Last night you robbed a bank but couldn't escape and when you just got outside today, the police started chasing you. The city, where you live in, consists of some junctions which are connected by some bidirectional roads.
Since police is behind, you have nothing to do but to run. You don't know whether you would get caught or not, but if it is so, you want to run as long as you can. But the major problem is that if you leave a junction, next time you can't come to this junction, because a group of police wait there for you as soon as you left it, while some other keep chasing you.
That's why you have made a plan to fool the police as longer time as possible. The plan is, from your current junction, you first find the number of junctions which are safe (no police are there) and if you go to one of them; you are still able to visit all the safe junctions (in any order) maintaining the above restrictions. You named them 'Elected Junction' or EJ. If there is no such junction; you stop running, because you lose your mind thinking what to do, and the police catch you immediately.
But if there is at least one EJ, you can either fool around the police by staying in the current junction for 5 minutes (actually you just hide there, so the police lose your track thinking which road you might have taken), or you can choose to go to any EJ. The probability of choosing to stay in the current junction or to go to each of the EJ is equal. For example, from the current junction you can go to three EJs, that means the probability of staying in the current junction is 1/4 or the probability to go to any of the EJ is 1/4 since you have four options (either stay in the current junction or go to any of the three junctions).
You can fool the police (by hiding) multiple times in a city, but of course the above conditions should be satisfied. And you have decided not to stop in the middle of any road, because you have the fear that, if you stop in the middle of any road, then the police would surround you from both ends.
Now, given the map of the city and the required time for you to travel in each road of the map; you have to find the expected time for the police to catch you.
Input starts with an integer T (≤ 100), denoting the number of test cases.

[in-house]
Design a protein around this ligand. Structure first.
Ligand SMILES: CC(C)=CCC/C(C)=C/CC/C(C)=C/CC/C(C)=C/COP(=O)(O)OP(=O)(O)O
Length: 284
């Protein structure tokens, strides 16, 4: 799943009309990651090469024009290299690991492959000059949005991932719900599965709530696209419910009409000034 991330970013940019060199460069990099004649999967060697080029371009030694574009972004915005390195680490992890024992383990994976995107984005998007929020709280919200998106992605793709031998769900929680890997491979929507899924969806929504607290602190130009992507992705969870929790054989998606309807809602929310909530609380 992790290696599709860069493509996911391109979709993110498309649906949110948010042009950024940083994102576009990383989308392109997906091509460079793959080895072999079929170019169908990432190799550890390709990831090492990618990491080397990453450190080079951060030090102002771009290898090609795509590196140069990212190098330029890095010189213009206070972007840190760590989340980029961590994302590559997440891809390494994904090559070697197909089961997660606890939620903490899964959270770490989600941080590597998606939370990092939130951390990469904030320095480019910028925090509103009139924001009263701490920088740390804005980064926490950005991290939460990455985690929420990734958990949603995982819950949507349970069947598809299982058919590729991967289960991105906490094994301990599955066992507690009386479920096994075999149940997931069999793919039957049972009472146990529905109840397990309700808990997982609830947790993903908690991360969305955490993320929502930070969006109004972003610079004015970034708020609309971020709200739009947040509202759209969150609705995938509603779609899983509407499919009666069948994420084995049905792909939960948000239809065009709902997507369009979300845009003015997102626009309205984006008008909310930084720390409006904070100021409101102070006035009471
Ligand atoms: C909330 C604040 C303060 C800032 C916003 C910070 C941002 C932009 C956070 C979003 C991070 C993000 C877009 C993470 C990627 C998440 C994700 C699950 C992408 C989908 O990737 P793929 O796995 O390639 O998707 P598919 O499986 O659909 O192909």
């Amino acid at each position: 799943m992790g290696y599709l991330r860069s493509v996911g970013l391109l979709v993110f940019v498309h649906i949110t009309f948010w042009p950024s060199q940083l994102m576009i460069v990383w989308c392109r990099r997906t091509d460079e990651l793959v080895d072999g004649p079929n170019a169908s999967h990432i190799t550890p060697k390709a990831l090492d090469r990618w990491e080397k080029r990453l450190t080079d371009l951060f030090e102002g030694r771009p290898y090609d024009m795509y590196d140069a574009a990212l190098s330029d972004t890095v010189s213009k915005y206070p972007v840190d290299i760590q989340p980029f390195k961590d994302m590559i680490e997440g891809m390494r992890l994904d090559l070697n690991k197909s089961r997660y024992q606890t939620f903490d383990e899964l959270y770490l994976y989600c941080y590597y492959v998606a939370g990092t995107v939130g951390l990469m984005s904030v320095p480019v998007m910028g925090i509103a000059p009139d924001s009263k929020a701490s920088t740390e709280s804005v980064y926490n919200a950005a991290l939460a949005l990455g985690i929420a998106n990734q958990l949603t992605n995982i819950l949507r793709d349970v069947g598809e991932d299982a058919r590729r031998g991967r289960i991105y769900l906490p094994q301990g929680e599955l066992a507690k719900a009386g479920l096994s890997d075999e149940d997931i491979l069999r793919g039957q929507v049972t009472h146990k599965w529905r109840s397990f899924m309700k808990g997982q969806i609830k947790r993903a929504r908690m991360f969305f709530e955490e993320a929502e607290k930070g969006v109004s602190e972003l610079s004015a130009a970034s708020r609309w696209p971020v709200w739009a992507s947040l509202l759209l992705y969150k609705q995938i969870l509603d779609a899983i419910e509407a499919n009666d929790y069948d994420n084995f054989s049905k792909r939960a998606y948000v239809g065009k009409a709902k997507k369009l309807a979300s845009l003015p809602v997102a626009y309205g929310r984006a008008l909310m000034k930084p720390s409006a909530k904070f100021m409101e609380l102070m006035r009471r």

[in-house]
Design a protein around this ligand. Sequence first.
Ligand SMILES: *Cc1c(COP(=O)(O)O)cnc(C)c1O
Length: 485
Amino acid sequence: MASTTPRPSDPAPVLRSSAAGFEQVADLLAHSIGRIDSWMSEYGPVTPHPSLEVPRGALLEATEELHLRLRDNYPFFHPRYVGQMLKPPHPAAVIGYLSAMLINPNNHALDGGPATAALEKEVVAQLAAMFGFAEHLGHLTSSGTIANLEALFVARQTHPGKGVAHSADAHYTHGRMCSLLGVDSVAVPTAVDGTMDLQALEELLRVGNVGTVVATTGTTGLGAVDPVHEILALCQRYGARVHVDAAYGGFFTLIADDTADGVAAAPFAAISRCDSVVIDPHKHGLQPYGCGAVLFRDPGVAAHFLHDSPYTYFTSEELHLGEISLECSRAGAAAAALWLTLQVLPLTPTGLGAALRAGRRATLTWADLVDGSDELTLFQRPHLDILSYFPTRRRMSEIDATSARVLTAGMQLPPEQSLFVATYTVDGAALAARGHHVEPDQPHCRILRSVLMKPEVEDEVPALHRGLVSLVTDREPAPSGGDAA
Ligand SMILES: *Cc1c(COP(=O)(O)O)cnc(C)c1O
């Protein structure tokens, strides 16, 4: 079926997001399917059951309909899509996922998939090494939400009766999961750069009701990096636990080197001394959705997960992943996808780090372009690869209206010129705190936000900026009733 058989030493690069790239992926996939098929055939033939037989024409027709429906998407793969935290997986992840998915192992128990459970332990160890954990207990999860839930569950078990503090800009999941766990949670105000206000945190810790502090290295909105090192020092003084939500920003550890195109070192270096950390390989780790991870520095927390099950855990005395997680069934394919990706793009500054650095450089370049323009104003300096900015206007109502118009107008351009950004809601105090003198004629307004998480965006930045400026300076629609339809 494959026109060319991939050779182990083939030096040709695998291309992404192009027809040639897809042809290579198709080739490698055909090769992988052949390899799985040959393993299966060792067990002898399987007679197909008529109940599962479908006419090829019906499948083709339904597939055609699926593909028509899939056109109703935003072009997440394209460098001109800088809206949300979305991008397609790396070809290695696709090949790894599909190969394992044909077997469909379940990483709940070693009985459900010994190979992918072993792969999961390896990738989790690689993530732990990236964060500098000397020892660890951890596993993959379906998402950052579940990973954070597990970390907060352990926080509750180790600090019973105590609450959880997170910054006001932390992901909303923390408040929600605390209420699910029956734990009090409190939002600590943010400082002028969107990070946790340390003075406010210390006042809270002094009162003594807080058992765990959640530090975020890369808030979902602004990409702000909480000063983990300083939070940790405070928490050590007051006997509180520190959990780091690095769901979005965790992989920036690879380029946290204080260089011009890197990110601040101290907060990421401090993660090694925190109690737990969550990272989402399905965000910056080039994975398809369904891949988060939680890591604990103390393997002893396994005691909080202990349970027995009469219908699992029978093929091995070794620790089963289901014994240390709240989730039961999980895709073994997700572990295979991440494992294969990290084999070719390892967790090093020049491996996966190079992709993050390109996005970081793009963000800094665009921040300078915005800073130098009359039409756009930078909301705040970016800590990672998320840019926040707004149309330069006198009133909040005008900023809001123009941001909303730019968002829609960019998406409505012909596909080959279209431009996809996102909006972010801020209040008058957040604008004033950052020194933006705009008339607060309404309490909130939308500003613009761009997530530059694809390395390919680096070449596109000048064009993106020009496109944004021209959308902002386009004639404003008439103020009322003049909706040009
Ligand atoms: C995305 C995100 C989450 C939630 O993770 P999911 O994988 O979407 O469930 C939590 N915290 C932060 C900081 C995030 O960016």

Each case starts with a blank line. Next line contains two integers n (1 ≤ n ≤ 15) denoting the number of junctions and m, denoting the number of roads in the city. The junctions are numbered from 0 to n - 1.
Each of the next m lines contains three integers u v w (0 ≤ u, v < n, 0 < w ≤ 100, u ≠ v) meaning that there is a road between junction u and v and you need w minutes to travel in the road. Your home is in junction 0 and you are initially in your home. And you may safely assume that there can be at most one road between a pair of junctions.
For each case, print the case number and the expected time in minutes. Errors less than 10-6 will be ignored.
Output for Sample Input
0 1 3
1 2 3
0 1 75
0 2 86
0 3 4
1 2 1
1 3 53
2 3 10
0 1 10
1 2 20
2 3 30
1 3 20
3 4 10
Case 1: 16
Case 2: 106.8333333333
Case 3: 90
For the 3rd case, initially you are in junction 0, and you can either stay here for 5 minutes, or you can move to 1. The probability of staying in 0 is 0.5 and the probability of going to junction 1 is also 0.5. Now if you are in junction 1, either you can stay here for 5 minutes or you can move to junction 2. From junction 1, you cannot move to junction 3, because if you go to junction 3, you can move to junction 2 or junction 4, but if you go to 2, you cannot visit junction 4 (since police would have occupied junction 3), and if you go to junction 4 from 3, you cannot visit junction 2 for the same reason. So, from 1, junction 2 is the only EJ, but junction 3 is not.